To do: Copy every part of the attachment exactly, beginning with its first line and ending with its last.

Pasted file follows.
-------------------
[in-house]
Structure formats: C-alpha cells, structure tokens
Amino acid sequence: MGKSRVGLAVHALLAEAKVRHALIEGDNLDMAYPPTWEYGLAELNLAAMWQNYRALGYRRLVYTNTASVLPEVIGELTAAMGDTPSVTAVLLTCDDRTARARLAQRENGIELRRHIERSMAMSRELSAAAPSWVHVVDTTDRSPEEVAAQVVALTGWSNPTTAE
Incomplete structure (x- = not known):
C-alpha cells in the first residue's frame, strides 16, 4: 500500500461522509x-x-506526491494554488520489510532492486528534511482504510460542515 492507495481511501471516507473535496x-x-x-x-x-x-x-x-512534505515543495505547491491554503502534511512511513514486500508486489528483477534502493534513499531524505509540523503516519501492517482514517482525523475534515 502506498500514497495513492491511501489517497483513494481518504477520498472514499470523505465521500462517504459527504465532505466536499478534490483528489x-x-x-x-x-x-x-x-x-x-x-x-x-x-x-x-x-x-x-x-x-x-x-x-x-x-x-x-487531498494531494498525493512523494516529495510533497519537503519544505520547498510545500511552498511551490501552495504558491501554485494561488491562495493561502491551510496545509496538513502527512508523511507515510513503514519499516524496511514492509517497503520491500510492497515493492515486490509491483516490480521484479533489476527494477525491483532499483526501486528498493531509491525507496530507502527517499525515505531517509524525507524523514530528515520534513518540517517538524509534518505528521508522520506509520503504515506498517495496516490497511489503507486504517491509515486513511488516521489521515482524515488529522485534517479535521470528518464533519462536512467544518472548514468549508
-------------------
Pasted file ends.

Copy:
[in-house]
Structure formats: C-alpha cells, structure tokens
Amino acid sequence: MGKSRVGLAVHALLAEAKVRHALIEGDNLDMAYPPTWEYGLAELNLAAMWQNYRALGYRRLVYTNTASVLPEVIGELTAAMGDTPSVTAVLLTCDDRTARARLAQRENGIELRRHIERSMAMSRELSAAAPSWVHVVDTTDRSPEEVAAQVVALTGWSNPTTAE
Incomplete structure (x- = not known):
C-alpha cells in the first residue's frame, strides 16, 4: 500500500461522509x-x-506526491494554488520489510532492486528534511482504510460542515 492507495481511501471516507473535496x-x-x-x-x-x-x-x-512534505515543495505547491491554503502534511512511513514486500508486489528483477534502493534513499531524505509540523503516519501492517482514517482525523475534515 502506498500514497495513492491511501489517497483513494481518504477520498472514499470523505465521500462517504459527504465532505466536499478534490483528489x-x-x-x-x-x-x-x-x-x-x-x-x-x-x-x-x-x-x-x-x-x-x-x-x-x-x-x-487531498494531494498525493512523494516529495510533497519537503519544505520547498510545500511552498511551490501552495504558491501554485494561488491562495493561502491551510496545509496538513502527512508523511507515510513503514519499516524496511514492509517497503520491500510492497515493492515486490509491483516490480521484479533489476527494477525491483532499483526501486528498493531509491525507496530507502527517499525515505531517509524525507524523514530528515520534513518540517517538524509534518505528521508522520506509520503504515506498517495496516490497511489503507486504517491509515486513511488516521489521515482524515488529522485534517479535521470528518464533519462536512467544518472548514468549508